"Great ideas are like expensive wines. They are best enjoyed when shared . . . especially with those who have value for them" ― Apoki Charles
CLICKCOACH videos are created by professional musicians. Each video on CLICKCOACH covers only one section/part of a work or a single instructional topic and each video explores this subject matter for 10-15 minutes. Examples of a section/part include: a single aria, a duet, a movement of a concerto, a movement of a choral work, an etude, a movement of a symphony, or even an instructional topic like warmups. These videos are not performances, remember. Try to pack each video with helpful, concrete information that others can use themselves. Be specific, demonstrate concepts where you can, and be yourself.
Remember: Focus your video on a single section and don't discuss multiple movements/sections of a work in a single video. Also remember to keep your video in the 10-15 minute range, as our system will reject videos shorter or longer than this time frame.
Here are some tips and suggestions for making your CLICKCOACH brainstorming a success.
1. Choose a topic you know well
The best videos have the best insight. So in brainstorming what you want to cover, ask yourself what musical works or topics you can speak about easily.
CLICKCOACH videos should be either about a specific section from a work or about an instructional topic. For more info on topics, see our Uploader FAQs page.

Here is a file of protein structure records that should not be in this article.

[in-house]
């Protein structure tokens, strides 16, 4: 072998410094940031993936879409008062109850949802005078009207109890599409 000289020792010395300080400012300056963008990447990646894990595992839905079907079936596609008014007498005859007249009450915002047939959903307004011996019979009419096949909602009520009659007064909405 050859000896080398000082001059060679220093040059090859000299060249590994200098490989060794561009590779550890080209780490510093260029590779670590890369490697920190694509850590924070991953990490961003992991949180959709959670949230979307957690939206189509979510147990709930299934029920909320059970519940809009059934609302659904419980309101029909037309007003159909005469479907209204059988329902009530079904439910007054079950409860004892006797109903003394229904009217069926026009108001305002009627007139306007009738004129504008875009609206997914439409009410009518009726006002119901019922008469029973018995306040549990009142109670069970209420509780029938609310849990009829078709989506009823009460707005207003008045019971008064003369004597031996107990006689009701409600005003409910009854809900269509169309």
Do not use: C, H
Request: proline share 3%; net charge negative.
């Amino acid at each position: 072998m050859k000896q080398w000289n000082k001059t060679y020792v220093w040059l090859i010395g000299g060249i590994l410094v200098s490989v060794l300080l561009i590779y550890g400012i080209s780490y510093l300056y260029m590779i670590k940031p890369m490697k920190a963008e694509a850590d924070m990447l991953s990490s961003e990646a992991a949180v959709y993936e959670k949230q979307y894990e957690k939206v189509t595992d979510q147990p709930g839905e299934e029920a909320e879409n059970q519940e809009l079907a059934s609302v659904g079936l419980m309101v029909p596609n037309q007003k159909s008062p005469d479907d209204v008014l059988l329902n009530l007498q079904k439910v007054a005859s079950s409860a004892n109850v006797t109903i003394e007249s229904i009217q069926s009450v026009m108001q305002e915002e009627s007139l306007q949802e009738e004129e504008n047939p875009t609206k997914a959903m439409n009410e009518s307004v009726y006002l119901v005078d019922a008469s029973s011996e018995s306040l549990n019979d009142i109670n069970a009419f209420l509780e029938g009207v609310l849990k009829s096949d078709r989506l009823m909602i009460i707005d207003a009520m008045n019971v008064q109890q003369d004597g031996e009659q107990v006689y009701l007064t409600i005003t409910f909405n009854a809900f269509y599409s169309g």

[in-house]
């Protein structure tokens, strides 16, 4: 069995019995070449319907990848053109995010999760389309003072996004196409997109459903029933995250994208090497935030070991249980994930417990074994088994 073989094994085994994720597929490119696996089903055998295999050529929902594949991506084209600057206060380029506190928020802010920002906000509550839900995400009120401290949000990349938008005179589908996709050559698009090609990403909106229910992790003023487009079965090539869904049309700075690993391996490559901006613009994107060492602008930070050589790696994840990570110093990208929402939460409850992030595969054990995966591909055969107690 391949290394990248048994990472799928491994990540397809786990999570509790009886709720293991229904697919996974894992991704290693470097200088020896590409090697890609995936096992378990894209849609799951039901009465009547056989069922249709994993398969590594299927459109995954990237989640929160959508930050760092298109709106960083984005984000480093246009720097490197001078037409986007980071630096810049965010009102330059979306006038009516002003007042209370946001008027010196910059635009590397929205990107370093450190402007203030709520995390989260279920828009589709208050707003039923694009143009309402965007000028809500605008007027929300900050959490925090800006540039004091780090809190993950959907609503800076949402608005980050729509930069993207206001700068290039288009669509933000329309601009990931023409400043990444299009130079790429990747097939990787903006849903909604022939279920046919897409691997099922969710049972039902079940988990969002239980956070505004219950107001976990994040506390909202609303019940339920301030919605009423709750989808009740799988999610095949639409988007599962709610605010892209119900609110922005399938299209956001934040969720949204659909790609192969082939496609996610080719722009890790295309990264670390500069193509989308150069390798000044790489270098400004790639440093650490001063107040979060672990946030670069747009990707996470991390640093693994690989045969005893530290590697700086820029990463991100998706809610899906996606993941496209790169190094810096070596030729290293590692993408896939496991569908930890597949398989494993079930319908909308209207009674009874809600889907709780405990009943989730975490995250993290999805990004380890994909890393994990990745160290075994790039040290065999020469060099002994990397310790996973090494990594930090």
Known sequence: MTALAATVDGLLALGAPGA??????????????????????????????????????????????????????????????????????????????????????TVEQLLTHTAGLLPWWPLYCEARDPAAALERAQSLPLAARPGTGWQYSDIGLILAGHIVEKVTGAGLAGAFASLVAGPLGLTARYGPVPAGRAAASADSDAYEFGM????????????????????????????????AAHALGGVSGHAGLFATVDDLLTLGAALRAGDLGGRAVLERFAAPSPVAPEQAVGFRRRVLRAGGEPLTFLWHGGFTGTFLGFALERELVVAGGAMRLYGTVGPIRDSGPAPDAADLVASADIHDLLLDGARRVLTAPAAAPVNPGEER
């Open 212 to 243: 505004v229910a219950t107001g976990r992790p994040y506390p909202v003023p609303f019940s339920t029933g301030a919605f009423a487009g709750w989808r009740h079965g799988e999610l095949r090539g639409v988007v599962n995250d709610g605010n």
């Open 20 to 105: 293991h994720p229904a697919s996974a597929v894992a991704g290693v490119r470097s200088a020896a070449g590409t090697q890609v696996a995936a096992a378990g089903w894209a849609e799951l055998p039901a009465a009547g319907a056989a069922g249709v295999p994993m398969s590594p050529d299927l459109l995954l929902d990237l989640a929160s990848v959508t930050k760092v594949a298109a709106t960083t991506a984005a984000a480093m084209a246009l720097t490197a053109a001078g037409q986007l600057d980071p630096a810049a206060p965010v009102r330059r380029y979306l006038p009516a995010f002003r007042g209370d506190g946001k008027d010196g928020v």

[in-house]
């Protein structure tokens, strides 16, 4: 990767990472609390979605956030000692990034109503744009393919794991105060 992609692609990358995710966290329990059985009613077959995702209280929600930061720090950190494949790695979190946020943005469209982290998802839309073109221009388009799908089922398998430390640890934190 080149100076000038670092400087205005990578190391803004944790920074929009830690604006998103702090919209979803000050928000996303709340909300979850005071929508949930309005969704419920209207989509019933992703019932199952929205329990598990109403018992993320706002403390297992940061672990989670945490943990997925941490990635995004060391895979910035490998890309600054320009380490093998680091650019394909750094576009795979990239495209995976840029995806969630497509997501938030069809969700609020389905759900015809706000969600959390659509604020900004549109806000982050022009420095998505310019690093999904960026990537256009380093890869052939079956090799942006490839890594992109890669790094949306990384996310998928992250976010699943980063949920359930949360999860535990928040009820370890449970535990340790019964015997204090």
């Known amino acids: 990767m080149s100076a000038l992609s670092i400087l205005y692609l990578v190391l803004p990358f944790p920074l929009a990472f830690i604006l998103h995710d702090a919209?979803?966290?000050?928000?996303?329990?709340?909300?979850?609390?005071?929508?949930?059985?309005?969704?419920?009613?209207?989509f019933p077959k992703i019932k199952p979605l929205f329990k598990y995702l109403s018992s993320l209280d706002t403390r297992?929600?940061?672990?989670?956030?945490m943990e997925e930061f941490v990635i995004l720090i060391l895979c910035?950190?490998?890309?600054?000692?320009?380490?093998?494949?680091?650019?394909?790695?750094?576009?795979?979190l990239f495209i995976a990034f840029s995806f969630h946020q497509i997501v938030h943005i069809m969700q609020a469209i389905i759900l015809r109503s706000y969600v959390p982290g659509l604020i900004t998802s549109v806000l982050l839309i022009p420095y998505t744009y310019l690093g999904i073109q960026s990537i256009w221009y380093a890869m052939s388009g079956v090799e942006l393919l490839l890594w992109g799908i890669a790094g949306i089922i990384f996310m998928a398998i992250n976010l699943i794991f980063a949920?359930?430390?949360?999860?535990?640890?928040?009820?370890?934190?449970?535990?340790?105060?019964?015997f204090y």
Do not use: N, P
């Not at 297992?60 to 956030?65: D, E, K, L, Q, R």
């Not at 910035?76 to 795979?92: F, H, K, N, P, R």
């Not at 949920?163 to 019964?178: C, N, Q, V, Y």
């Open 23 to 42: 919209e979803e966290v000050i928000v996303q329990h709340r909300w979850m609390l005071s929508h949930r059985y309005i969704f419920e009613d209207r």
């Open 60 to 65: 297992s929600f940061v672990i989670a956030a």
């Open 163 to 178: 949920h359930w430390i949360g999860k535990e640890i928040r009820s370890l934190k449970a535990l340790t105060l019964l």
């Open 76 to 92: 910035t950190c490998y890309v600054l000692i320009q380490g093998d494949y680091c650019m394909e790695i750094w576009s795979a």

To help walk you through it, you'll choose from one of the following categories when beginning your upload:
Bundles: When planning your video(s), know that it's possible to create a video bundle. A bundle is a grouping of related video content about a single work or topic broken up by section using multiple videos. The most common bundles are:
1. Aria Study Bundle (all the arias in a staged work by one character)
2. Role Study Bundle (all the arias + duets, ensembles, and scenes in a staged work by one character)
3. Instructional Topic Bundle (videos focusing on topics under the umbrella of your bundle title. For example, bundle title: "Instrument Care" - Video 1: Cleaning, Video 2: Storage, Video 3: Handling)
4. Song Cycle Bundle (all the songs/Lieder in a song cycle)
5. Solo Work Bundle (all the movements/sections in a solo work)
6. Concerto Bundle (all movements from a single concerto)
Other bundle options are also possible. Feel free to contact us before recording if you have questions about creating your bundle or visit our Uploader FAQs page. You will have the option to indicate in your upload that your video is intended for a bundle. Bundles are always offered on our website with a 10% discount.
2. Assess what you know about the topic
As you would do in giving a masterclass or preparing to teach a lesson, you might create a list--mental or otherwise--of things you know: maybe it's a list of tricky areas many people stumble on, perhaps you have some insight into what Beethoven really meant about that tempo marking in the second movement, or maybe you simply have some good advice based on your own performing or teaching of a work. All of this is wonderful to jot down as topics you can cover in your video.
Videos often include a structure similar to this: